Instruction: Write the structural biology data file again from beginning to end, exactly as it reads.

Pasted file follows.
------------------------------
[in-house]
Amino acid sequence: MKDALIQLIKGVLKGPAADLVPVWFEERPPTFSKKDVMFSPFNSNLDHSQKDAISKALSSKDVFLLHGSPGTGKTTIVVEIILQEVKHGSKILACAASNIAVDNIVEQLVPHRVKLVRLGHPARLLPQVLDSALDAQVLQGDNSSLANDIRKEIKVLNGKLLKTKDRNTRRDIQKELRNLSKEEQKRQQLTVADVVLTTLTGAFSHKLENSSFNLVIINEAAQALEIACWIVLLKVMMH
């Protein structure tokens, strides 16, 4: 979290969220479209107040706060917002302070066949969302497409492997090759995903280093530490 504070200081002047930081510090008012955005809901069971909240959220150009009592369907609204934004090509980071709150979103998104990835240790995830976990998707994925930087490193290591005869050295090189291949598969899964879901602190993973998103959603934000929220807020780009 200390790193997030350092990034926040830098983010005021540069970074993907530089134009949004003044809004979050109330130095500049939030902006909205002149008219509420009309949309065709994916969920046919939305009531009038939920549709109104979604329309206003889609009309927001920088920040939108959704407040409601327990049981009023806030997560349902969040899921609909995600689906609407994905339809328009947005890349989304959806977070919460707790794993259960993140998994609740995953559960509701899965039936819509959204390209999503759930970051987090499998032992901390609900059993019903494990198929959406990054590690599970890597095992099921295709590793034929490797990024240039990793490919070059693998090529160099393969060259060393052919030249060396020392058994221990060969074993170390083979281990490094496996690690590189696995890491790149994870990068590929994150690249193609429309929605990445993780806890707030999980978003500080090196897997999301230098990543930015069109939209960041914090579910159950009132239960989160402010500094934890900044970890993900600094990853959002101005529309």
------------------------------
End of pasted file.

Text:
[in-house]
Amino acid sequence: MKDALIQLIKGVLKGPAADLVPVWFEERPPTFSKKDVMFSPFNSNLDHSQKDAISKALSSKDVFLLHGSPGTGKTTIVVEIILQEVKHGSKILACAASNIAVDNIVEQLVPHRVKLVRLGHPARLLPQVLDSALDAQVLQGDNSSLANDIRKEIKVLNGKLLKTKDRNTRRDIQKELRNLSKEEQKRQQLTVADVVLTTLTGAFSHKLENSSFNLVIINEAAQALEIACWIVLLKVMMH
């Protein structure tokens, strides 16, 4: 979290969220479209107040706060917002302070066949969302497409492997090759995903280093530490 504070200081002047930081510090008012955005809901069971909240959220150009009592369907609204934004090509980071709150979103998104990835240790995830976990998707994925930087490193290591005869050295090189291949598969899964879901602190993973998103959603934000929220807020780009 200390790193997030350092990034926040830098983010005021540069970074993907530089134009949004003044809004979050109330130095500049939030902006909205002149008219509420009309949309065709994916969920046919939305009531009038939920549709109104979604329309206003889609009309927001920088920040939108959704407040409601327990049981009023806030997560349902969040899921609909995600689906609407994905339809328009947005890349989304959806977070919460707790794993259960993140998994609740995953559960509701899965039936819509959204390209999503759930970051987090499998032992901390609900059993019903494990198929959406990054590690599970890597095992099921295709590793034929490797990024240039990793490919070059693998090529160099393969060259060393052919030249060396020392058994221990060969074993170390083979281990490094496996690690590189696995890491790149994870990068590929994150690249193609429309929605990445993780806890707030999980978003500080090196897997999301230098990543930015069109939209960041914090579910159950009132239960989160402010500094934890900044970890993900600094990853959002101005529309």